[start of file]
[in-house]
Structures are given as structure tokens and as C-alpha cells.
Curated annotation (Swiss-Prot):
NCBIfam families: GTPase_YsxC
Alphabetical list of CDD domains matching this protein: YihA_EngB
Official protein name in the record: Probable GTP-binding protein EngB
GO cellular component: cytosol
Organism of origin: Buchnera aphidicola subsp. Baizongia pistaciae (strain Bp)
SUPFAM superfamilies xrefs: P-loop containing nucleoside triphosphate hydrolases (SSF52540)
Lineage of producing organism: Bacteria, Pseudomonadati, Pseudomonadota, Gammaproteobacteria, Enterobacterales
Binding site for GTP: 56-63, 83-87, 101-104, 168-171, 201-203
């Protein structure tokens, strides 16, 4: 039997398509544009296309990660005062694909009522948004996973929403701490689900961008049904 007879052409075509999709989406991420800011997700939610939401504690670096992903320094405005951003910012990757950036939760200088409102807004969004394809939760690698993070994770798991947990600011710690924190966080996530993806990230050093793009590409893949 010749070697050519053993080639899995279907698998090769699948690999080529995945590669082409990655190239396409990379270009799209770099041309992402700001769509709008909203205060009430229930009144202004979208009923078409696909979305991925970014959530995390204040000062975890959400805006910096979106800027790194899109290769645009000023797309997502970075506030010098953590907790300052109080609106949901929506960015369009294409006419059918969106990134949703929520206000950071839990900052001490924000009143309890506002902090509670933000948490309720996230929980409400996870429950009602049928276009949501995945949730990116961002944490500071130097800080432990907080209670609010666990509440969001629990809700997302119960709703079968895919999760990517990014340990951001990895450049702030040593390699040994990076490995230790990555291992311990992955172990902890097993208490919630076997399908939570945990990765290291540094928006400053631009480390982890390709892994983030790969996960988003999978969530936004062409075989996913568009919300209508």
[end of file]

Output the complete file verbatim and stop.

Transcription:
[in-house]
Structures are given as structure tokens and as C-alpha cells.
Curated annotation (Swiss-Prot):
NCBIfam families: GTPase_YsxC
Alphabetical list of CDD domains matching this protein: YihA_EngB
Official protein name in the record: Probable GTP-binding protein EngB
GO cellular component: cytosol
Organism of origin: Buchnera aphidicola subsp. Baizongia pistaciae (strain Bp)
SUPFAM superfamilies xrefs: P-loop containing nucleoside triphosphate hydrolases (SSF52540)
Lineage of producing organism: Bacteria, Pseudomonadati, Pseudomonadota, Gammaproteobacteria, Enterobacterales
Binding site for GTP: 56-63, 83-87, 101-104, 168-171, 201-203
């Protein structure tokens, strides 16, 4: 039997398509544009296309990660005062694909009522948004996973929403701490689900961008049904 007879052409075509999709989406991420800011997700939610939401504690670096992903320094405005951003910012990757950036939760200088409102807004969004394809939760690698993070994770798991947990600011710690924190966080996530993806990230050093793009590409893949 010749070697050519053993080639899995279907698998090769699948690999080529995945590669082409990655190239396409990379270009799209770099041309992402700001769509709008909203205060009430229930009144202004979208009923078409696909979305991925970014959530995390204040000062975890959400805006910096979106800027790194899109290769645009000023797309997502970075506030010098953590907790300052109080609106949901929506960015369009294409006419059918969106990134949703929520206000950071839990900052001490924000009143309890506002902090509670933000948490309720996230929980409400996870429950009602049928276009949501995945949730990116961002944490500071130097800080432990907080209670609010666990509440969001629990809700997302119960709703079968895919999760990517990014340990951001990895450049702030040593390699040994990076490995230790990555291992311990992955172990902890097993208490919630076997399908939570945990990765290291540094928006400053631009480390982890390709892994983030790969996960988003999978969530936004062409075989996913568009919300209508």